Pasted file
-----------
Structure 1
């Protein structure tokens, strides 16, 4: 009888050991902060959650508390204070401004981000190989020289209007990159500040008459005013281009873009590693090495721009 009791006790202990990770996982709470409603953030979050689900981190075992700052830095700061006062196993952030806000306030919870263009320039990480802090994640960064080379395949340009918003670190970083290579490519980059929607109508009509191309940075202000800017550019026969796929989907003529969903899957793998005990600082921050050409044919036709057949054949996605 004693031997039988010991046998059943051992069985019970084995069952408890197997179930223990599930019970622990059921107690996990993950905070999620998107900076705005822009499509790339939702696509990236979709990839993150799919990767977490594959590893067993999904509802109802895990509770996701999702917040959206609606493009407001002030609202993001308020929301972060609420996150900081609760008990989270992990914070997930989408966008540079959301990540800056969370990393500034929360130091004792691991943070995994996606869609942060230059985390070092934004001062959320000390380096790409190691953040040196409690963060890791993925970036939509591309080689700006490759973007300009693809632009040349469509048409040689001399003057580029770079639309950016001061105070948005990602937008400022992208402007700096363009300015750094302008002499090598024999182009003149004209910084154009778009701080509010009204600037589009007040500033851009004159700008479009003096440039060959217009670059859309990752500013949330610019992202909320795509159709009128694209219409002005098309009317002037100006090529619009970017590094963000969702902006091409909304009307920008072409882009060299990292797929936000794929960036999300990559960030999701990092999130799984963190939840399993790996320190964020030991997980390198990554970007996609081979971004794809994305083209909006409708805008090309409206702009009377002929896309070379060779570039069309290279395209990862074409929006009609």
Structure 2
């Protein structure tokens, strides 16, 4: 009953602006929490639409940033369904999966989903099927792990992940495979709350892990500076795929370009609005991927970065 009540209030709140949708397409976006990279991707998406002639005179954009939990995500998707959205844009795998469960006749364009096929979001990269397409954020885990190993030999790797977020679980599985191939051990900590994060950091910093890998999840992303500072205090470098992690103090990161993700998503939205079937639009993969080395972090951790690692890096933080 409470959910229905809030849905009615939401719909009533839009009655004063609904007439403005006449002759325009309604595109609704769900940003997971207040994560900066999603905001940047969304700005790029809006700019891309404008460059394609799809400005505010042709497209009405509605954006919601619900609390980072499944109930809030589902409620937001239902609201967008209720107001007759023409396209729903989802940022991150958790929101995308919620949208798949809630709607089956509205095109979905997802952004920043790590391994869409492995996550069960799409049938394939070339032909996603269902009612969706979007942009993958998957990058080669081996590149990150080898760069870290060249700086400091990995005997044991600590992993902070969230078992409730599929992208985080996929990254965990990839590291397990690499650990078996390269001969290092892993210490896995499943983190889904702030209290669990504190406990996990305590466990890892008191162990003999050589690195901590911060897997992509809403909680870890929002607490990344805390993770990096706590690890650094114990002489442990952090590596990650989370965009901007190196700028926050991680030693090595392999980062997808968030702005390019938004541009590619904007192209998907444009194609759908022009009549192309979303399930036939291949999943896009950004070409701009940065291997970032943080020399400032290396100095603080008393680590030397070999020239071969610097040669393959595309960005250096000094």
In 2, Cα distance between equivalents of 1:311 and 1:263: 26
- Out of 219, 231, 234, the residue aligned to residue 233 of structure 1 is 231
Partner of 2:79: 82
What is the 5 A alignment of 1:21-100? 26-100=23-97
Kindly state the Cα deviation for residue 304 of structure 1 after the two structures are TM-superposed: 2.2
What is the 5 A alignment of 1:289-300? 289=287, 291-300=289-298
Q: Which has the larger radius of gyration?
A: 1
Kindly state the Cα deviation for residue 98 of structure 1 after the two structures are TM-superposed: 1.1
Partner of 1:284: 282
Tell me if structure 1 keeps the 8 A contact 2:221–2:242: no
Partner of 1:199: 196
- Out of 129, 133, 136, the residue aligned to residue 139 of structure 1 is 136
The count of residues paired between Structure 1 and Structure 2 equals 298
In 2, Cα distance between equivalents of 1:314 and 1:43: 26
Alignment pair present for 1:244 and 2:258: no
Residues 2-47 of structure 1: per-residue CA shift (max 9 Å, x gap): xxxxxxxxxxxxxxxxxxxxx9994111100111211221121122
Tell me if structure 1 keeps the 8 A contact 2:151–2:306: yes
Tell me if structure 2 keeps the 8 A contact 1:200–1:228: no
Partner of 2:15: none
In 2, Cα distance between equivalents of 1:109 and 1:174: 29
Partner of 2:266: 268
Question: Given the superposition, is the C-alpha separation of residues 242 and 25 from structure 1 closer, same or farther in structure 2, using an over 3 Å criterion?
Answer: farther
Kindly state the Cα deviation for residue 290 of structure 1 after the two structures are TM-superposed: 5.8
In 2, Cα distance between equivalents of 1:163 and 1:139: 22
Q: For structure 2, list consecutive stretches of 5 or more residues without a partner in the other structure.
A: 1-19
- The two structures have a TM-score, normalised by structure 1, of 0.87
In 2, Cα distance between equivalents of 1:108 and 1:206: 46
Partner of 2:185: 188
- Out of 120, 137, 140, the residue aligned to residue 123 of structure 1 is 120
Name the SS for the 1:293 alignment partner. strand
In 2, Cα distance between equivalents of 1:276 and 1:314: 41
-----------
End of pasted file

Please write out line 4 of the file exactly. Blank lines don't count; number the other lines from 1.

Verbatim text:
């Protein structure tokens, strides 16, 4: 009953602006929490639409940033369904999966989903099927792990992940495979709350892990500076795929370009609005991927970065 009540209030709140949708397409976006990279991707998406002639005179954009939990995500998707959205844009795998469960006749364009096929979001990269397409954020885990190993030999790797977020679980599985191939051990900590994060950091910093890998999840992303500072205090470098992690103090990161993700998503939205079937639009993969080395972090951790690692890096933080 409470959910229905809030849905009615939401719909009533839009009655004063609904007439403005006449002759325009309604595109609704769900940003997971207040994560900066999603905001940047969304700005790029809006700019891309404008460059394609799809400005505010042709497209009405509605954006919601619900609390980072499944109930809030589902409620937001239902609201967008209720107001007759023409396209729903989802940022991150958790929101995308919620949208798949809630709607089956509205095109979905997802952004920043790590391994869409492995996550069960799409049938394939070339032909996603269902009612969706979007942009993958998957990058080669081996590149990150080898760069870290060249700086400091990995005997044991600590992993902070969230078992409730599929992208985080996929990254965990990839590291397990690499650990078996390269001969290092892993210490896995499943983190889904702030209290669990504190406990996990305590466990890892008191162990003999050589690195901590911060897997992509809403909680870890929002607490990344805390993770990096706590690890650094114990002489442990952090590596990650989370965009901007190196700028926050991680030693090595392999980062997808968030702005390019938004541009590619904007192209998907444009194609759908022009009549192309979303399930036939291949999943896009950004070409701009940065291997970032943080020399400032290396100095603080008393680590030397070999020239071969610097040669393959595309960005250096000094």